Building the Financial Case for Electronic Health Records

A colleague of ours frequently comments how he once had a professor that instructed his class "never to do an information technology project with the primary goals of saving money, reducing headcount, or reducing paper." 

Whereas each of these benefits may be desirable, we would agree that none are good reasons in and of themselves to implement an IT project and particularly something as complex as an electronic health record (EHR). 

Rather, IT endeavors such as an EHR should be justified on the basis of the clinical and business processes which may be facilitated as a result. In that regard, last month we discussed the clinical (business) case for implementing an EHR. This month, we'll explore how to make the financial case to the governing body of your organization.

Before we discuss the specific financial benefits, it's important to have a general understanding of benefit categories. Three basic benefit areas exist including cost reductions, cost avoidance, and revenue enhancement. Cost reductions will include any decrease in external spend.  A good test as to whether the effort will lead to a cost reduction is simply if a general ledger account will be reduced in the next budget year.  Cost avoidance includes those circumstances  where a future expense you are expecting will not occur if the project you are considering is completed. Finally, revenue enhancement is the ability to generate new income as a result of the project. Please note that a good faith cost-benefit analysis should only include the profit portion of the revenue enhancement. 

Prior to performing any cost-benefit analysis for technology projects, we encourage setting up guiding principles for which Administration, IT, and Finance all have consensus. So as to assist in this process, the following provide a very popular set of guiding principles:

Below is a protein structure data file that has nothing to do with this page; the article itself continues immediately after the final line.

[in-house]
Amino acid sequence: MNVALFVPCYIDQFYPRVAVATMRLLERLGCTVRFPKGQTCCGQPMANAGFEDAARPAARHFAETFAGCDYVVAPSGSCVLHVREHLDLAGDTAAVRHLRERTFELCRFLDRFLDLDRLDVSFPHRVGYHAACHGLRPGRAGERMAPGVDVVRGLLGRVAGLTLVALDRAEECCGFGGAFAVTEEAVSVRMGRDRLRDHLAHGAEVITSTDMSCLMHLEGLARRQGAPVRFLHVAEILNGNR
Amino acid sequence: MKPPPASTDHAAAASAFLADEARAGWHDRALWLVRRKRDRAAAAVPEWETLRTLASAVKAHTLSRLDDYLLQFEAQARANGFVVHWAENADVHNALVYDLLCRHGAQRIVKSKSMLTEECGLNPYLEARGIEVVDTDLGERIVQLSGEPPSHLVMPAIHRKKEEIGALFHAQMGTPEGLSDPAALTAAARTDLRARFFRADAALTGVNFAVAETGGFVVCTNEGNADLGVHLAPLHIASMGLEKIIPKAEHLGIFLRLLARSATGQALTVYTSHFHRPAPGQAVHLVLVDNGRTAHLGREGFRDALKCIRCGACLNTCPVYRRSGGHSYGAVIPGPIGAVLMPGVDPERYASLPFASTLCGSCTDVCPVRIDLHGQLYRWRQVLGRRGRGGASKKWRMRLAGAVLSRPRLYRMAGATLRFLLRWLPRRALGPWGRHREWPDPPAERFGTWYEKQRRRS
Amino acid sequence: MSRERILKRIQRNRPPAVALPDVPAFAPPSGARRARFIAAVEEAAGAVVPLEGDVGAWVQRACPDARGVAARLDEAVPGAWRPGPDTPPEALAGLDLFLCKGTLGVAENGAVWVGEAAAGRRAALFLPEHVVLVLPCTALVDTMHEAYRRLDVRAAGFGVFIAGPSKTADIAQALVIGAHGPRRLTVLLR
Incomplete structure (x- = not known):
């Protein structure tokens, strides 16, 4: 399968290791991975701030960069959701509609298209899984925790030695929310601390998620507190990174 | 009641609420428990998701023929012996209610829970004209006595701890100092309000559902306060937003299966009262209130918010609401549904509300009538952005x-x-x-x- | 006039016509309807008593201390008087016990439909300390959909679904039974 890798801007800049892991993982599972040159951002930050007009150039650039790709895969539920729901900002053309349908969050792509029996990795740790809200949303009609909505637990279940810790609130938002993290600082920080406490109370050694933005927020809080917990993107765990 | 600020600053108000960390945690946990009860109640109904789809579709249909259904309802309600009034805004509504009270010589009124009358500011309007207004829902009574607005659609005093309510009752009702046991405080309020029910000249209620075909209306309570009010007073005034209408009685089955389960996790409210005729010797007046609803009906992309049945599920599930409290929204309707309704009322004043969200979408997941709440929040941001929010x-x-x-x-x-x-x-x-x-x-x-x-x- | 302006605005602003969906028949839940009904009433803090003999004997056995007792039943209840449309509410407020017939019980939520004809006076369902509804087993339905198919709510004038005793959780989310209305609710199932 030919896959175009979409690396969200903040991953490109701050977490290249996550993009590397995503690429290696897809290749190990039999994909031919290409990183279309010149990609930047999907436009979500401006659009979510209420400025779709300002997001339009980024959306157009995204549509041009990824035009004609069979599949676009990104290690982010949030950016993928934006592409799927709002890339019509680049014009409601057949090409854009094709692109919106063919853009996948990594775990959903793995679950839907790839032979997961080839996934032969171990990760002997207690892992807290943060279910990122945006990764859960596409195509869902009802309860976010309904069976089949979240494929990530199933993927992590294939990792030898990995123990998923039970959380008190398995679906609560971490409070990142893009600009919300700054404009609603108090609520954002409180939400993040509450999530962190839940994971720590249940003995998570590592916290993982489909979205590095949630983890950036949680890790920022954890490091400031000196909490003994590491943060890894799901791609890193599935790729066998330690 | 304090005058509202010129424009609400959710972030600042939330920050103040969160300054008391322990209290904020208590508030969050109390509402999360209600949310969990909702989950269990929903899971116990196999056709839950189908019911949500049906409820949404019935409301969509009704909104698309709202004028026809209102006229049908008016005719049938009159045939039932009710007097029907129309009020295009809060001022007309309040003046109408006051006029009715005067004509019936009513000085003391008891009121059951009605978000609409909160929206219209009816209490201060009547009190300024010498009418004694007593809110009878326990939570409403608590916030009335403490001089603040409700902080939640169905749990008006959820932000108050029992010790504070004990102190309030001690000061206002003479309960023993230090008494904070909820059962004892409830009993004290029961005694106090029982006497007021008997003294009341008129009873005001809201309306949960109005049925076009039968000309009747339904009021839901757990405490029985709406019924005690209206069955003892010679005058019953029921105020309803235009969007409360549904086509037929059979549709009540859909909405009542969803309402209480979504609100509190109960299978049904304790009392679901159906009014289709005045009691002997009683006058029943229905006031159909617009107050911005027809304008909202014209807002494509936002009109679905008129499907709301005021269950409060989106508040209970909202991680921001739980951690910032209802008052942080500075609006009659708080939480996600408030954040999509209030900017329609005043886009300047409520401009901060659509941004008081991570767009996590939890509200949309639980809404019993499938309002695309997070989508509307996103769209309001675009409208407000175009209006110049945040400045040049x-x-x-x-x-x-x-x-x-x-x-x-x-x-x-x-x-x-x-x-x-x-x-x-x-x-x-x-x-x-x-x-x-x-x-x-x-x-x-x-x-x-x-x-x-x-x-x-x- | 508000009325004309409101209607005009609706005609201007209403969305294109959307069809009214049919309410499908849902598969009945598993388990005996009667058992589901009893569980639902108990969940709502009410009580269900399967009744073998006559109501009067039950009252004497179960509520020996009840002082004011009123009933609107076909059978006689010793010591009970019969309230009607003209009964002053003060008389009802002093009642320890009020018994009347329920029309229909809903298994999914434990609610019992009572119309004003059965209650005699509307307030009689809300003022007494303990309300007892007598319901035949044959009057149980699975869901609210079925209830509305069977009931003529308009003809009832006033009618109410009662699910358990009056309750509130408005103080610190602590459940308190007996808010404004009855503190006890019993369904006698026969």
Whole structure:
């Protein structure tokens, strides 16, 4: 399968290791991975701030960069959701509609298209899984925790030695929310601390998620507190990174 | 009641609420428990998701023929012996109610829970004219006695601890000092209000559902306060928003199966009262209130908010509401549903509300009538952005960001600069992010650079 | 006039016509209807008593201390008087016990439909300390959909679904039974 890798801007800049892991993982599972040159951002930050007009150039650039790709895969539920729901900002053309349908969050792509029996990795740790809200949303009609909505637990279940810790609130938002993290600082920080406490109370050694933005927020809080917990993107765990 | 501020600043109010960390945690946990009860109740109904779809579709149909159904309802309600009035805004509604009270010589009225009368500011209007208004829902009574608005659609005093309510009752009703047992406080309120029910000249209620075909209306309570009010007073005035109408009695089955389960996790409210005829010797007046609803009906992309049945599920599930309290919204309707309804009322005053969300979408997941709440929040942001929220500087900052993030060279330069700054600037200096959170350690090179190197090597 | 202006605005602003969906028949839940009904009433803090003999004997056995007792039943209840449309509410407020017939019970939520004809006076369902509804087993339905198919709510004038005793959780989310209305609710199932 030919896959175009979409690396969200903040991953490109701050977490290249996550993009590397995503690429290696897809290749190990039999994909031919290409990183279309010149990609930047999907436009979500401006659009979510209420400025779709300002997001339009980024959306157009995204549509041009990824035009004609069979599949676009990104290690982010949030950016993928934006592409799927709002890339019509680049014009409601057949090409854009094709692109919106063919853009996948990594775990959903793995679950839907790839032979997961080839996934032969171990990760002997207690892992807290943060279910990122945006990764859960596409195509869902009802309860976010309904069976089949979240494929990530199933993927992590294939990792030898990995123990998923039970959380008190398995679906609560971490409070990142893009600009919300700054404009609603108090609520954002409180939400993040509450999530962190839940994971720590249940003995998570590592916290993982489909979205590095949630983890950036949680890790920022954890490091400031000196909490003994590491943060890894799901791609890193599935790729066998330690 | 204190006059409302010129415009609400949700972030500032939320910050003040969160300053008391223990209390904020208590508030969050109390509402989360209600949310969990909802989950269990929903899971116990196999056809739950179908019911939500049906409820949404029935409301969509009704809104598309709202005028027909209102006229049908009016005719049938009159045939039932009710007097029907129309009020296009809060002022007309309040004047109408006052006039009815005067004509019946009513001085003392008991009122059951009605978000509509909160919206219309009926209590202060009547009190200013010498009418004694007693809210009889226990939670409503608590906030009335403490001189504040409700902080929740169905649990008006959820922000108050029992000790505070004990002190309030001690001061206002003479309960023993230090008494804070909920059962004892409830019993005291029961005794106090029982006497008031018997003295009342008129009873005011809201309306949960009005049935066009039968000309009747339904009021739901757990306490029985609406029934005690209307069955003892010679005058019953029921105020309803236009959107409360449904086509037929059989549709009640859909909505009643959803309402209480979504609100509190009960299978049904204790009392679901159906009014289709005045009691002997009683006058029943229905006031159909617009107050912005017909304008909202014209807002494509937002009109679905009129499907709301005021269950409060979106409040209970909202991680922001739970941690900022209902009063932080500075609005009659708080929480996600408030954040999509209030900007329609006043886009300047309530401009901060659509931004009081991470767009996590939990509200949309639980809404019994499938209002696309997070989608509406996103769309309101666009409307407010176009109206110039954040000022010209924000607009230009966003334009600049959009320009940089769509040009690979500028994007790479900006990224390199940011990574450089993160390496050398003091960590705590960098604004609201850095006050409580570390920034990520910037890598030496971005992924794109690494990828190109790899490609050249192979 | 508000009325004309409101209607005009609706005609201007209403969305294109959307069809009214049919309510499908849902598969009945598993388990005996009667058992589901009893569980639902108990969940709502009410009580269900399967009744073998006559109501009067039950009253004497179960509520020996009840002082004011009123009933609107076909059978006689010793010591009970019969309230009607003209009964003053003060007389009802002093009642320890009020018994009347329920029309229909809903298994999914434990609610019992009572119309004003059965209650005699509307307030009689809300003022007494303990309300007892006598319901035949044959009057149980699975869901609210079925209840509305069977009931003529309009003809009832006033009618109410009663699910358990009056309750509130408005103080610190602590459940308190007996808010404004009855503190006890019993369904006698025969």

• All benefits must have a baseline and well defined measurement approaches.
  • Expense reductions must result in budget reductions to the appropriate accounts.
  • Efficiency must show full time equivalent (FTE) reductions or increased chargeable productivity. 
  • Future FTE cost avoidance is only allowed if the position is previously approved in a budget and an account's budget can be reduced accordingly.
  • Cost avoidance must tie to future expenses that are already contractual bound and budgeted.
  • A hurdle rate for return on investment (ROI) will be defined and measured.

For areas such as bad debt, a 3-5 year historical trending analysis should be used. (In this way one may use a regression analysis to predict future benefits to the account.)

By using these guiding principles we can properly begin to review areas of financial benefit to the EHR. As one might imagine, there are many rocks to turn over in your quest to identify these benefits. Some benefits are quite transparent and easy to identify. Others, such as defining increased productivity, take substantially more and perhaps creative thought. Listed below are some of the more popular areas that should be considered when determining financial benefits.